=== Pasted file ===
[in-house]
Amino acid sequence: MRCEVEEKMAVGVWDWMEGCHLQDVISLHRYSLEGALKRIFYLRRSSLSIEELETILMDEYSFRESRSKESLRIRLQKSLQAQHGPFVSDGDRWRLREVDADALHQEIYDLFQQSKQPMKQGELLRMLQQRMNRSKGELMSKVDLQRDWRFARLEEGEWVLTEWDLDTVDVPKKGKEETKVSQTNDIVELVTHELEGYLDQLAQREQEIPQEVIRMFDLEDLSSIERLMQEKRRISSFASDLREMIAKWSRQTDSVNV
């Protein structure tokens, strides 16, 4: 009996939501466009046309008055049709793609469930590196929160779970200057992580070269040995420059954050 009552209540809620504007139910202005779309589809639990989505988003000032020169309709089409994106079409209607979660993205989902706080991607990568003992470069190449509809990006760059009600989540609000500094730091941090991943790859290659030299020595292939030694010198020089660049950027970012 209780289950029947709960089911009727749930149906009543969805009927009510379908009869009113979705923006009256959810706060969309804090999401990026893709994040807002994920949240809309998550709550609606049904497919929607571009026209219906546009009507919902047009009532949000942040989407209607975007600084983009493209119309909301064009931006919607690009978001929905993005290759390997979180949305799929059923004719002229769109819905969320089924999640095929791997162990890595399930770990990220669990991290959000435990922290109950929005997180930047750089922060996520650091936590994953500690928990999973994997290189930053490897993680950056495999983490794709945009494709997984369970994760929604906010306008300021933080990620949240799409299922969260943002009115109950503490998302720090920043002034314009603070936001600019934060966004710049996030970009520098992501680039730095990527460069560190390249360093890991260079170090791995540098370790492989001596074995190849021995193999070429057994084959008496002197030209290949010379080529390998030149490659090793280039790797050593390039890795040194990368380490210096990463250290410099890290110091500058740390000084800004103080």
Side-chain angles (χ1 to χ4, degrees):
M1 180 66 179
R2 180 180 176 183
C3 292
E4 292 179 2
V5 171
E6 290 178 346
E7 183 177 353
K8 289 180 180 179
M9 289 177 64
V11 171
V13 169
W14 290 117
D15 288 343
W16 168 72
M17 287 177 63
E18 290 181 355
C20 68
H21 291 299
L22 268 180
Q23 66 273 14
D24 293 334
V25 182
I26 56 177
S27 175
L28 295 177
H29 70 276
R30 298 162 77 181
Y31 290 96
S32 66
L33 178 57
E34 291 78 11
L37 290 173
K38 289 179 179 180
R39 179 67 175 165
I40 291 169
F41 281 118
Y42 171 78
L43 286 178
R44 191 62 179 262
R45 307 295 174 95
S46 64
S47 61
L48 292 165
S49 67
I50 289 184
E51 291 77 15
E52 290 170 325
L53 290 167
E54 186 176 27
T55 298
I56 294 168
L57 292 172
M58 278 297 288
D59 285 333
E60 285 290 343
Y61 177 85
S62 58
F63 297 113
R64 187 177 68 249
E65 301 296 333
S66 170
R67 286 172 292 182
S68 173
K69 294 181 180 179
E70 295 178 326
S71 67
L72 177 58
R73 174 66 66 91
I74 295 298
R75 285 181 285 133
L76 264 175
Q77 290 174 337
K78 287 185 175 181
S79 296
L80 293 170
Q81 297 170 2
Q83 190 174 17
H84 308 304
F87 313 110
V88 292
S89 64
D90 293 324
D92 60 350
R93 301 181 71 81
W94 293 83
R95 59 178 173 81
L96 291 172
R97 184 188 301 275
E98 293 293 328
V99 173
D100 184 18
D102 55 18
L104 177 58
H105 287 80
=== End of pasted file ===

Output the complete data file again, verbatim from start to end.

[in-house]
Amino acid sequence: MRCEVEEKMAVGVWDWMEGCHLQDVISLHRYSLEGALKRIFYLRRSSLSIEELETILMDEYSFRESRSKESLRIRLQKSLQAQHGPFVSDGDRWRLREVDADALHQEIYDLFQQSKQPMKQGELLRMLQQRMNRSKGELMSKVDLQRDWRFARLEEGEWVLTEWDLDTVDVPKKGKEETKVSQTNDIVELVTHELEGYLDQLAQREQEIPQEVIRMFDLEDLSSIERLMQEKRRISSFASDLREMIAKWSRQTDSVNV
């Protein structure tokens, strides 16, 4: 009996939501466009046309008055049709793609469930590196929160779970200057992580070269040995420059954050 009552209540809620504007139910202005779309589809639990989505988003000032020169309709089409994106079409209607979660993205989902706080991607990568003992470069190449509809990006760059009600989540609000500094730091941090991943790859290659030299020595292939030694010198020089660049950027970012 209780289950029947709960089911009727749930149906009543969805009927009510379908009869009113979705923006009256959810706060969309804090999401990026893709994040807002994920949240809309998550709550609606049904497919929607571009026209219906546009009507919902047009009532949000942040989407209607975007600084983009493209119309909301064009931006919607690009978001929905993005290759390997979180949305799929059923004719002229769109819905969320089924999640095929791997162990890595399930770990990220669990991290959000435990922290109950929005997180930047750089922060996520650091936590994953500690928990999973994997290189930053490897993680950056495999983490794709945009494709997984369970994760929604906010306008300021933080990620949240799409299922969260943002009115109950503490998302720090920043002034314009603070936001600019934060966004710049996030970009520098992501680039730095990527460069560190390249360093890991260079170090791995540098370790492989001596074995190849021995193999070429057994084959008496002197030209290949010379080529390998030149490659090793280039790797050593390039890795040194990368380490210096990463250290410099890290110091500058740390000084800004103080």
Side-chain angles (χ1 to χ4, degrees):
M1 180 66 179
R2 180 180 176 183
C3 292
E4 292 179 2
V5 171
E6 290 178 346
E7 183 177 353
K8 289 180 180 179
M9 289 177 64
V11 171
V13 169
W14 290 117
D15 288 343
W16 168 72
M17 287 177 63
E18 290 181 355
C20 68
H21 291 299
L22 268 180
Q23 66 273 14
D24 293 334
V25 182
I26 56 177
S27 175
L28 295 177
H29 70 276
R30 298 162 77 181
Y31 290 96
S32 66
L33 178 57
E34 291 78 11
L37 290 173
K38 289 179 179 180
R39 179 67 175 165
I40 291 169
F41 281 118
Y42 171 78
L43 286 178
R44 191 62 179 262
R45 307 295 174 95
S46 64
S47 61
L48 292 165
S49 67
I50 289 184
E51 291 77 15
E52 290 170 325
L53 290 167
E54 186 176 27
T55 298
I56 294 168
L57 292 172
M58 278 297 288
D59 285 333
E60 285 290 343
Y61 177 85
S62 58
F63 297 113
R64 187 177 68 249
E65 301 296 333
S66 170
R67 286 172 292 182
S68 173
K69 294 181 180 179
E70 295 178 326
S71 67
L72 177 58
R73 174 66 66 91
I74 295 298
R75 285 181 285 133
L76 264 175
Q77 290 174 337
K78 287 185 175 181
S79 296
L80 293 170
Q81 297 170 2
Q83 190 174 17
H84 308 304
F87 313 110
V88 292
S89 64
D90 293 324
D92 60 350
R93 301 181 71 81
W94 293 83
R95 59 178 173 81
L96 291 172
R97 184 188 301 275
E98 293 293 328
V99 173
D100 184 18
D102 55 18
L104 177 58
H105 287 80